Amos “Tad” Chapman served aboard the USS Killen, a Fletcher Class Destroyer that played an important role in the Battle of Leyte Gulf. The Killen provided fire support for troops ashore, silencing three Japanese artillery positions. The Killen also engaged the enemy ships contesting the landing at Leyete, disabling the Japanese battleship Yamashiro.
The identity of the member is Harry Miller.
Bio: Harry dropped out of high school to enlist in the Army. He arrived in Europe in November of 1944, assigned to the 740th Tank Battalion. As a crewman in a Sherman Tank, Harry found himself immediately immersed in the Battle of the Bulge. Following the defeat of the Germans, Harry and his Battalion chased the Germans back across the Siegfried Line. Harry left Germany in 1948 and was assigned to Gen. MacArthur’s Japan Occupation Headquarters. When the Army refused to send Harry to Korea, he left the Army and enlisted in the Air Force and his desire to serve in Korea was granted. During the Vietnam War, Harry was assigned to SAC Headquarters and served as a member of the Joint Targeting Task Force for B-52 operations in Southeast Asia. Harry retired as a Senior Master Sergeant after 22 years of service. While living in Edmonds, Harry was a drummer in a local dance band. After Helen, his wife of 37 years, died, Harry moved to a Veterans Home in Washington, D.C.
Carl Kurfess is a born and raised Seattle native. He attended Army ROTC at Seattle University and was commissioned a 2nd LT in Infantry in 1983. He attended Infantry Officer Basic Course and Airborne school and was stationed in Germany as a Mechanized Infantry Platoon Leader. He joined theReserves in 1986 in Seattle and served in various Army Reserve Units. He was mobilized for Operationin2003 much to his surprise. He was lured to the dark-side, branch transferred to Civil Affairs and volunteered for and completed four tours in Iraq; 2003-2004 at Camp Victory, 2005-2006 in the Green Zone, 2007-2008 at Camp Victory and 2009-2010 at FOB Warhorse as a Civil Affairs specialist, working with local Iraqi government officials in reconstruction efforts. He retired from the Army Reserves in 2011 with 28 years of service.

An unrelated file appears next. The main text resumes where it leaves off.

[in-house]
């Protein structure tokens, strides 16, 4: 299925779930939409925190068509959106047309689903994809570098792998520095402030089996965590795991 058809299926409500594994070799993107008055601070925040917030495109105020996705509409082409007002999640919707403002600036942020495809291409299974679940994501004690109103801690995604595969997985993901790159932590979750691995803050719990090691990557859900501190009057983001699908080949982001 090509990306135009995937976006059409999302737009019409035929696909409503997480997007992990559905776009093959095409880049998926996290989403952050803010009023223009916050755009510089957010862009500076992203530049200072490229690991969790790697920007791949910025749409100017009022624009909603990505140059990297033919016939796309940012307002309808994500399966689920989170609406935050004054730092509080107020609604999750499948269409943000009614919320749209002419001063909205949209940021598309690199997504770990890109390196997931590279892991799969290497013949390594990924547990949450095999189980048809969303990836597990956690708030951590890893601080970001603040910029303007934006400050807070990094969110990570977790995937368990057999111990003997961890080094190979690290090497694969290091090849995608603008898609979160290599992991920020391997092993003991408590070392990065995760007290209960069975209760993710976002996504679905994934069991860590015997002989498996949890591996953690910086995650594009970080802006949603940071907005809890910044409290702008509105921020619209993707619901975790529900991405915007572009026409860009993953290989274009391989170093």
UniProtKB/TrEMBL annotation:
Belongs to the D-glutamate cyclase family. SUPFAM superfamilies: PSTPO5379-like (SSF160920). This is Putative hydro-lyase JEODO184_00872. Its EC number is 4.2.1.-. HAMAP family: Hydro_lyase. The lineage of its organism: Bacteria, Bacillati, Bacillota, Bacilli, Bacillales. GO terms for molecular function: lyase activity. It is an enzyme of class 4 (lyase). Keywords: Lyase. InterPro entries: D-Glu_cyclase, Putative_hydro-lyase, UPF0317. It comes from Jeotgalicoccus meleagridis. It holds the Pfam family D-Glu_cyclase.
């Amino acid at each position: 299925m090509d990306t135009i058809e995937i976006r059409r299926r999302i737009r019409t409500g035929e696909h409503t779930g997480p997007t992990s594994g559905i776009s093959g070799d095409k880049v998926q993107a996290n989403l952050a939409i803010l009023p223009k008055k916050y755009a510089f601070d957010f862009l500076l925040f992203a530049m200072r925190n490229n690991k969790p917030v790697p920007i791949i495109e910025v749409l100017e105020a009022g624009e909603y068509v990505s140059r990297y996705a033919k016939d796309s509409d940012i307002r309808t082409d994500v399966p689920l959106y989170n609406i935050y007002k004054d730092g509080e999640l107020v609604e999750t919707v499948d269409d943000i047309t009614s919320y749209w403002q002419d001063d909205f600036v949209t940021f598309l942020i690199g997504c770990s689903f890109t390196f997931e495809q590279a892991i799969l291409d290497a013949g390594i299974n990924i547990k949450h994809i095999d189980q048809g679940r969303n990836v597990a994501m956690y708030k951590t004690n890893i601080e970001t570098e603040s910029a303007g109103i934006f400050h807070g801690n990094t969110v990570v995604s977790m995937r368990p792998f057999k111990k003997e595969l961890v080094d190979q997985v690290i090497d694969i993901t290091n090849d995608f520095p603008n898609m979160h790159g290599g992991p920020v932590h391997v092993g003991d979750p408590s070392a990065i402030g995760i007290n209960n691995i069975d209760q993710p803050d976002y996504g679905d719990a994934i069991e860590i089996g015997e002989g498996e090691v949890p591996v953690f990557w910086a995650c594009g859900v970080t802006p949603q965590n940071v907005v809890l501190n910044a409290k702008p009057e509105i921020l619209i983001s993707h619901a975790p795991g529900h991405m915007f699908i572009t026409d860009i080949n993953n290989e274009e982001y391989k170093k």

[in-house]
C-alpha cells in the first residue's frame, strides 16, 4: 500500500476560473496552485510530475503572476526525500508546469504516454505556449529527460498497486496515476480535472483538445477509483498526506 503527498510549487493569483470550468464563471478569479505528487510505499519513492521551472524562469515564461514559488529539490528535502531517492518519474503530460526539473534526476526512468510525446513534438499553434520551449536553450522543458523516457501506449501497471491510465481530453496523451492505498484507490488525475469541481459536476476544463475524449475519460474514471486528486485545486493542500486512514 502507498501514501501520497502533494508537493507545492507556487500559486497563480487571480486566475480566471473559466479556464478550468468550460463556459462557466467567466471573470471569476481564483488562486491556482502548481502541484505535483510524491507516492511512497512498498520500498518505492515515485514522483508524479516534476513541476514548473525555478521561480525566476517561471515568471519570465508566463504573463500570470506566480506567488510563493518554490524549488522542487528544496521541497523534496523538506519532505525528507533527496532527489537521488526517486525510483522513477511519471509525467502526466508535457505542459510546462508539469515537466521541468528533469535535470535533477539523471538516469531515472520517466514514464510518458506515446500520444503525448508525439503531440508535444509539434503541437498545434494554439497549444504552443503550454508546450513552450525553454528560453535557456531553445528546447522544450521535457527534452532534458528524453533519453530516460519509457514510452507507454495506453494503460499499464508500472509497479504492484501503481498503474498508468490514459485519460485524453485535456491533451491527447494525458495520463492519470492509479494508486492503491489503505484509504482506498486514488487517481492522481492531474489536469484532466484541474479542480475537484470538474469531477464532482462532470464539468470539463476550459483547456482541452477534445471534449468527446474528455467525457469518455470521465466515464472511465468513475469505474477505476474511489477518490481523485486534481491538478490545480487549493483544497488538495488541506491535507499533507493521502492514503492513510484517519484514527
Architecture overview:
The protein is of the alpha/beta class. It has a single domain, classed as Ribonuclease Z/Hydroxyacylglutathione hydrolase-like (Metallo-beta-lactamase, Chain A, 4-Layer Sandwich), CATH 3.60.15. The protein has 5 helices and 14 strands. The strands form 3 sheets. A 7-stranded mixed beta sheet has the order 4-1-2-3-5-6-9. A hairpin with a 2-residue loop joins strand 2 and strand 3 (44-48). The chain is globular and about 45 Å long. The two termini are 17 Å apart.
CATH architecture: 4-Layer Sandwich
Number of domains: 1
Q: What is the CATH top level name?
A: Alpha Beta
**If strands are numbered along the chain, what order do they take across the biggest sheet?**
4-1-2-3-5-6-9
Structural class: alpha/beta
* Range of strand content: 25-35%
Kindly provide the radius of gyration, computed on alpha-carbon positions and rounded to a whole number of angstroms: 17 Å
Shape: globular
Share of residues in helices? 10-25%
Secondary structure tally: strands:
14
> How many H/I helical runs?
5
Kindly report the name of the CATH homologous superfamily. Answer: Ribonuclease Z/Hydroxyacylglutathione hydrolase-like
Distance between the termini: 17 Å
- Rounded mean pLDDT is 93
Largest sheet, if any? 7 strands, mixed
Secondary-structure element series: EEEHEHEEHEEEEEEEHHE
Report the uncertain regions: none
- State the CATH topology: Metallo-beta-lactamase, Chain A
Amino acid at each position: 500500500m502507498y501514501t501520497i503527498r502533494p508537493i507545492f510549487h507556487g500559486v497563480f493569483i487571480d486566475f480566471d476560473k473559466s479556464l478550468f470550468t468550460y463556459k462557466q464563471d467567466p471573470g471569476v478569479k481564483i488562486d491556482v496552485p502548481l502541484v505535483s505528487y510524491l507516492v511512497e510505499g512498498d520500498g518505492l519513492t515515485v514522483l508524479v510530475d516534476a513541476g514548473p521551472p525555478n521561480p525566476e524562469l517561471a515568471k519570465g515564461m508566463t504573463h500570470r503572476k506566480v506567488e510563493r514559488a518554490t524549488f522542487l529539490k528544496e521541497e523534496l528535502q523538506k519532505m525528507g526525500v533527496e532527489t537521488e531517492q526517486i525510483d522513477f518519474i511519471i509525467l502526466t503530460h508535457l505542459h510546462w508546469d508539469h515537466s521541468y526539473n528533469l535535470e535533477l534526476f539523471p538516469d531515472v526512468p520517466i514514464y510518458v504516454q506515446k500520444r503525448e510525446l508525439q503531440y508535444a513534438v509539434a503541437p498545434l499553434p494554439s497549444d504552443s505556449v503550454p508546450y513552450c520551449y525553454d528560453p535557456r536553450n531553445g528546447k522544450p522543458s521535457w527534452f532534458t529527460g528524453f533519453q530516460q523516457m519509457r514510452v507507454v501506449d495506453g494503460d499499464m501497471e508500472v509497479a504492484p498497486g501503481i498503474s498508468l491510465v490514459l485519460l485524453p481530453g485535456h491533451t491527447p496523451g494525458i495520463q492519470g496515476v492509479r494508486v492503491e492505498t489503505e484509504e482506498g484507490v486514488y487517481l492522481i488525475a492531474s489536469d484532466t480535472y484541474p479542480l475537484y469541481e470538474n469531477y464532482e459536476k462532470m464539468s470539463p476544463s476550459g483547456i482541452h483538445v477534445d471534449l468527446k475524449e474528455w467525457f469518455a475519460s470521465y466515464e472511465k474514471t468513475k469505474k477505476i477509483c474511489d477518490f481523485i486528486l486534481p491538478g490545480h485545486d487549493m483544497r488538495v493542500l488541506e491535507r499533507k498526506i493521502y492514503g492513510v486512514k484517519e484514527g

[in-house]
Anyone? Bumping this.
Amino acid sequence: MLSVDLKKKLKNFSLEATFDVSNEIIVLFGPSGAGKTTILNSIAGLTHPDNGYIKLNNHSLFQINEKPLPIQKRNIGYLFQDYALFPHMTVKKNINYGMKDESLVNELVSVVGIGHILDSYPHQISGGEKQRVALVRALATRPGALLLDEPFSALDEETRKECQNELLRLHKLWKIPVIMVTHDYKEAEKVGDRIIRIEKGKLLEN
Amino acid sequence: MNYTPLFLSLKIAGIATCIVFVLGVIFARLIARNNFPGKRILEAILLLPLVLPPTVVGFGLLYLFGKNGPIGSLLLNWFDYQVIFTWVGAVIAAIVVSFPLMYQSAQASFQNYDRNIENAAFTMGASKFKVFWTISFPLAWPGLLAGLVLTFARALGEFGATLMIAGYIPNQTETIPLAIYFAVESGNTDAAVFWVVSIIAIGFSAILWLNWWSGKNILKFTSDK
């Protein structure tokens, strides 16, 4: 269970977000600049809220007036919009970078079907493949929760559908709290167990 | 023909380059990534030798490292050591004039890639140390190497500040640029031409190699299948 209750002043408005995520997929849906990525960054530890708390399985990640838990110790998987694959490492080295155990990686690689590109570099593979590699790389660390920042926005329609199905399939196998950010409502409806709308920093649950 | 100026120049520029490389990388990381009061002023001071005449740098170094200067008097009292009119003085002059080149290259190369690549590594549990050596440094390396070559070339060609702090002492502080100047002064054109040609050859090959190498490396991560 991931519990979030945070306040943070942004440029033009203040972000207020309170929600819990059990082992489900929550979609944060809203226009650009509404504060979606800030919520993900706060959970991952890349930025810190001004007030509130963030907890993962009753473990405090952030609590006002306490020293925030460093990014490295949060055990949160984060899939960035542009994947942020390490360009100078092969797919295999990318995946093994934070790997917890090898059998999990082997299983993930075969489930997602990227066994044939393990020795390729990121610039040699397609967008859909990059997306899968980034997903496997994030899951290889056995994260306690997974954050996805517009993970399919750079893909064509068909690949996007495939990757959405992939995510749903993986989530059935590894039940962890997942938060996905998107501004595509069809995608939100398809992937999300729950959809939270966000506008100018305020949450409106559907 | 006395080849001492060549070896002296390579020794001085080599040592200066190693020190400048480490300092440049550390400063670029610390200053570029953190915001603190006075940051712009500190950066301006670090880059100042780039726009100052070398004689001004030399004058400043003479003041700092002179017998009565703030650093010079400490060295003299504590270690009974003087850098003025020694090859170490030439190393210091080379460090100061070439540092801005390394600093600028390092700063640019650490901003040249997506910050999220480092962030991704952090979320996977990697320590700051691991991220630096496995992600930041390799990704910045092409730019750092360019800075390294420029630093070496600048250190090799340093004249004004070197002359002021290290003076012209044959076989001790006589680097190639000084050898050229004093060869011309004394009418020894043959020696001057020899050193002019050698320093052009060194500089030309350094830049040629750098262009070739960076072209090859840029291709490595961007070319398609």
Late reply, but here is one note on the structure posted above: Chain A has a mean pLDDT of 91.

That would be a much younger Sr. Vice Fred Apgar.
It’s Not Tom Cruise—Who is it? It’s not John Wayne either, but it is a member who is a Vietnam veteran in our Post. The answer is found below and you’ll be surprised. Click here for the answer.
Who is This Good Looking Couple?
The couple left were married shortly after VE Day in England. He was stationed in England prior to participating in the Normandy Invasion as a paratrooper. She, on the other hand, pulled the strings of a 2 star general to make sure he didn’t miss the wedding day. Further on you’ll get the “Rest of the Story” and a picture of them at the last Post meeting. (Excuse the quality of the picture—a copy of a copy I suspect). Click here for the answer.
Here are the Dietrich’s 62 years later. Looking good and certainly a delightful couple as anyone who knows them will tell you. Read their story shared at the last meeting.
I recently asked for old photos and the gentleman above replied. The picture was taken in Normandy immediately after the invasion. He was 23 and was awarded a battlefield commission. He was XO of his Battery and received a Bronze Star w/ V. He served in 5 campaigns in Europe including the liberation of Paris. He stayed in the Reserves and left the service with the rank of Major. Click here for the answer.
Warren Eddy is back home in Edmonds after 30 years in California and looking good for a man of 90 (plus?). He is married with two children, six grandchildren, and one great grandchild. As footnote, he is a past Commander of an American Legion Post in Southern California. Thanks for the memories Warren. Now how about a few more volunteers.